• What were your favorite sessions and do you have any shows scheduled to follow up on them? – Tobias
  • Your sites are 100% “hand-crafted” as they say. Can you give us a look inside? What are the moving parts in there?
  • So you stirred things up with Stitcher this week. What’s up with that?
  • Can you recommend some podcasts? What’s in your playlist?
  • Final call to action?

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The intro and outro music is from Requiem for a Fish The Freak Fandango Orchestra / CC BY-SA

VPython with Ruth Chabay and Bruce Sherwood - Episode 49

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Summary

Wouldn’t it be nice to be able to generate interactive 3D visualizations of physical systems in a declarative manner with Python? In this episode we spoke with Ruth Chabay and Bruce Sherwood about the VPython project which does just that. They tell us about how the use VPython in their classrooms, how the project got started, and the work they have done to bring it into the browser.

Brief Introduction

  • Hello and welcome to Podcast.__init__, the podcast about Python and the people who make it great.
  • Subscribe on iTunes, Stitcher, TuneIn or RSS
  • Follow us on Twitter or Google+
  • Give us feedback! Leave a review on iTunes, Tweet to us, send us an email or leave us a message on Google+
  • Join our community! Visit discourse.pythonpodcast.com for your opportunity to find out about upcoming guests, suggest questions, and propose show ideas.
  • I would like to thank everyone who has donated to the show. Your contributions help us make the show sustainable. For details on how to support the show you can visit our site at pythonpodcast.com
  • Linode is sponsoring us this week. Check them out at linode.com/podcastinit and get a $20 credit to try out their fast and reliable Linux virtual servers for your next project
  • I would also like to thank Hired, a job marketplace for developers and designers, for sponsoring this episode of Podcast.__init__. Use the link hired.com/podcastinit to double your signing bonus.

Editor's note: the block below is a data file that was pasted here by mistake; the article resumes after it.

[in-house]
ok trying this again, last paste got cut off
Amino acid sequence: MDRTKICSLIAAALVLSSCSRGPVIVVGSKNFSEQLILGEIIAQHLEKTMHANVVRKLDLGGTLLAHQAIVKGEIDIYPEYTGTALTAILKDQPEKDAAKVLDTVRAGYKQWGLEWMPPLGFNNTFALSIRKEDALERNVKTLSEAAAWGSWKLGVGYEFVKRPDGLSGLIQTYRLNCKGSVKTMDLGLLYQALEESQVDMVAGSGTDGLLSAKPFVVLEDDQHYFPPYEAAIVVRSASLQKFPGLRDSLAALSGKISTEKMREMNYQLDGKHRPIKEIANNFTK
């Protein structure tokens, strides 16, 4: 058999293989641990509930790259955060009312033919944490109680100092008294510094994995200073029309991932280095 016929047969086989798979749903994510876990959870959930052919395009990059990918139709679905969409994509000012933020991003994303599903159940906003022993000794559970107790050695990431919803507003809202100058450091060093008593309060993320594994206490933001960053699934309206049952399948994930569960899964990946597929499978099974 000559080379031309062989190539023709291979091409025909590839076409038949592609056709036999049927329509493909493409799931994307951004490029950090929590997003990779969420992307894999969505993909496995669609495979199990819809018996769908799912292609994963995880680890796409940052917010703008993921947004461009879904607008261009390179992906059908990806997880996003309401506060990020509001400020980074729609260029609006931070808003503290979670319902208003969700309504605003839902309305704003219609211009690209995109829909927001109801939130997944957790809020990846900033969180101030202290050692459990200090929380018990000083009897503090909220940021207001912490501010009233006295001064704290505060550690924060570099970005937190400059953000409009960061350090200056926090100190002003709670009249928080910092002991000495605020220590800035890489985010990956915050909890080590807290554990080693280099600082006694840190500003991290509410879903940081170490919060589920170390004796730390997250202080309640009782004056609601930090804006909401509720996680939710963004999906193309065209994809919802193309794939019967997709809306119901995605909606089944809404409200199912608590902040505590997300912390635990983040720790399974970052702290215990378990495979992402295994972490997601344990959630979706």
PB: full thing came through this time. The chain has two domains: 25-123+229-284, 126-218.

• Your hosts as usual are Tobias Macey and Chris Patti
  • Today we are interviewing Ruth Chabay and Bruce Sherwood about their work on VPython

Interview

  • Introductions
  • How did you get introduced to Python? – Chris
  • What is VPython and how did it get started? – Tobias
  • What problems inspired you to create VPython? – Chris
  • How do you design an API that allows for such powerful 3D visualization while still making it accessible to students who are focusing on learning new concepts in mathematics and physics so that they don’t get overwhelmed by the tool? – Tobias
  • I know many schools have embraced the open curriculum idea, have any of your physics courses using VPython been made available to the non matriculating public? – Chris
  • How does VPython perform its rendering? If you were to reimplement it would you do anything differently? – Tobias
  • One of the remarkable points about VPython is its ability to execute the simulations in a browser environment. Can you explain the technologies involved to make that work? – Tobias
  • Given the real-time rendering capabilities in VPython I’m sure that performance is a core concern for the project. What are some of the methods that are used to ensure an appropriate level of speed and does the cross-platform nature of the package pose any additional challenges? – Tobias
  • How does collision detection work in VPython, and does it handle more complex assemblies of component objects? – Chris
  • Can you talk a little bit about VPython’s design, and perhaps walk us through how a simple scene is rendered, say the results of the sphere() call? – Chris

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The intro and outro music is from Requiem for a Fish The Freak Fandango Orchestra / CC BY-SA

PyData London with Ian Ozsvald and Emlyn Clay - Episode 48

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Summary